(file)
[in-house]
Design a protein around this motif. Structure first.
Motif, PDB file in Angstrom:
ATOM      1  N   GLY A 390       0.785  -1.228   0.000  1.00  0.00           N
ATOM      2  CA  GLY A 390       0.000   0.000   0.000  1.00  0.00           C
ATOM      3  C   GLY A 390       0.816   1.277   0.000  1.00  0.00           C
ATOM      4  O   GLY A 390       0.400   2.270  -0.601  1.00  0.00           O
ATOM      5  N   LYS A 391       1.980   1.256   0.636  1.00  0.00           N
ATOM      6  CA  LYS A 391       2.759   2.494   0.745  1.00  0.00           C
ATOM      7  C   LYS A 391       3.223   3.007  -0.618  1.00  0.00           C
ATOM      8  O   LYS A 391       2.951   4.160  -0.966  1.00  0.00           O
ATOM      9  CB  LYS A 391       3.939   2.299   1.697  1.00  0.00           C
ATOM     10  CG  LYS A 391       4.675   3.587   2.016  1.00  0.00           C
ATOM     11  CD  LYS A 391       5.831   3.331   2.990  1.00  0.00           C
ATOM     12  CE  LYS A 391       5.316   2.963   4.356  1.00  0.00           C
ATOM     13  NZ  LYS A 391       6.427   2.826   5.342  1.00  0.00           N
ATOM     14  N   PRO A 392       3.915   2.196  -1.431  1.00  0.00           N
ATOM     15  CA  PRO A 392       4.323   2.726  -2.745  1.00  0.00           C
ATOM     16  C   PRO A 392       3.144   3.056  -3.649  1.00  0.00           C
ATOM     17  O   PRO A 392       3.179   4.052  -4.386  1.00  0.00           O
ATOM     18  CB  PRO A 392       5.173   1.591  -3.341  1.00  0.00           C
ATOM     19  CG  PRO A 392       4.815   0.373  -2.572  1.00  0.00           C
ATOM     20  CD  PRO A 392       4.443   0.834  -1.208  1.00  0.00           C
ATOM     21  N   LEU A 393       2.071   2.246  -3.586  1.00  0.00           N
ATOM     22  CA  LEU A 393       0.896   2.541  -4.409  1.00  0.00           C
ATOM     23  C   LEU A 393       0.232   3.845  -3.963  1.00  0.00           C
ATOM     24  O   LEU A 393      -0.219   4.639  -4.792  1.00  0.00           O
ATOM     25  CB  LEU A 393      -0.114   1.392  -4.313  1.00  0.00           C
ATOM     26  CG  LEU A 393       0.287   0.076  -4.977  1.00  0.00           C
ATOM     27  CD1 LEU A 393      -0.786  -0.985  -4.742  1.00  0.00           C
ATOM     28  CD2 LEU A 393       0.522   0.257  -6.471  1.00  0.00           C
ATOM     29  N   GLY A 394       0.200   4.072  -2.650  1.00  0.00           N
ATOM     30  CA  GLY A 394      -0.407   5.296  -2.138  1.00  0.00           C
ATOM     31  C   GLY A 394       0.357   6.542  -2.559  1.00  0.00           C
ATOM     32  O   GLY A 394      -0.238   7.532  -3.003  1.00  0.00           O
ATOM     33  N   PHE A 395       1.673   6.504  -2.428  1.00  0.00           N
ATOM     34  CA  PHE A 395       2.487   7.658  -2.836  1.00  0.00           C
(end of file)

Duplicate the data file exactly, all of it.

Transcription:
[in-house]
Design a protein around this motif. Structure first.
Motif, PDB file in Angstrom:
ATOM      1  N   GLY A 390       0.785  -1.228   0.000  1.00  0.00           N
ATOM      2  CA  GLY A 390       0.000   0.000   0.000  1.00  0.00           C
ATOM      3  C   GLY A 390       0.816   1.277   0.000  1.00  0.00           C
ATOM      4  O   GLY A 390       0.400   2.270  -0.601  1.00  0.00           O
ATOM      5  N   LYS A 391       1.980   1.256   0.636  1.00  0.00           N
ATOM      6  CA  LYS A 391       2.759   2.494   0.745  1.00  0.00           C
ATOM      7  C   LYS A 391       3.223   3.007  -0.618  1.00  0.00           C
ATOM      8  O   LYS A 391       2.951   4.160  -0.966  1.00  0.00           O
ATOM      9  CB  LYS A 391       3.939   2.299   1.697  1.00  0.00           C
ATOM     10  CG  LYS A 391       4.675   3.587   2.016  1.00  0.00           C
ATOM     11  CD  LYS A 391       5.831   3.331   2.990  1.00  0.00           C
ATOM     12  CE  LYS A 391       5.316   2.963   4.356  1.00  0.00           C
ATOM     13  NZ  LYS A 391       6.427   2.826   5.342  1.00  0.00           N
ATOM     14  N   PRO A 392       3.915   2.196  -1.431  1.00  0.00           N
ATOM     15  CA  PRO A 392       4.323   2.726  -2.745  1.00  0.00           C
ATOM     16  C   PRO A 392       3.144   3.056  -3.649  1.00  0.00           C
ATOM     17  O   PRO A 392       3.179   4.052  -4.386  1.00  0.00           O
ATOM     18  CB  PRO A 392       5.173   1.591  -3.341  1.00  0.00           C
ATOM     19  CG  PRO A 392       4.815   0.373  -2.572  1.00  0.00           C
ATOM     20  CD  PRO A 392       4.443   0.834  -1.208  1.00  0.00           C
ATOM     21  N   LEU A 393       2.071   2.246  -3.586  1.00  0.00           N
ATOM     22  CA  LEU A 393       0.896   2.541  -4.409  1.00  0.00           C
ATOM     23  C   LEU A 393       0.232   3.845  -3.963  1.00  0.00           C
ATOM     24  O   LEU A 393      -0.219   4.639  -4.792  1.00  0.00           O
ATOM     25  CB  LEU A 393      -0.114   1.392  -4.313  1.00  0.00           C
ATOM     26  CG  LEU A 393       0.287   0.076  -4.977  1.00  0.00           C
ATOM     27  CD1 LEU A 393      -0.786  -0.985  -4.742  1.00  0.00           C
ATOM     28  CD2 LEU A 393       0.522   0.257  -6.471  1.00  0.00           C
ATOM     29  N   GLY A 394       0.200   4.072  -2.650  1.00  0.00           N
ATOM     30  CA  GLY A 394      -0.407   5.296  -2.138  1.00  0.00           C
ATOM     31  C   GLY A 394       0.357   6.542  -2.559  1.00  0.00           C
ATOM     32  O   GLY A 394      -0.238   7.532  -3.003  1.00  0.00           O
ATOM     33  N   PHE A 395       1.673   6.504  -2.428  1.00  0.00           N
ATOM     34  CA  PHE A 395       2.487   7.658  -2.836  1.00  0.00           C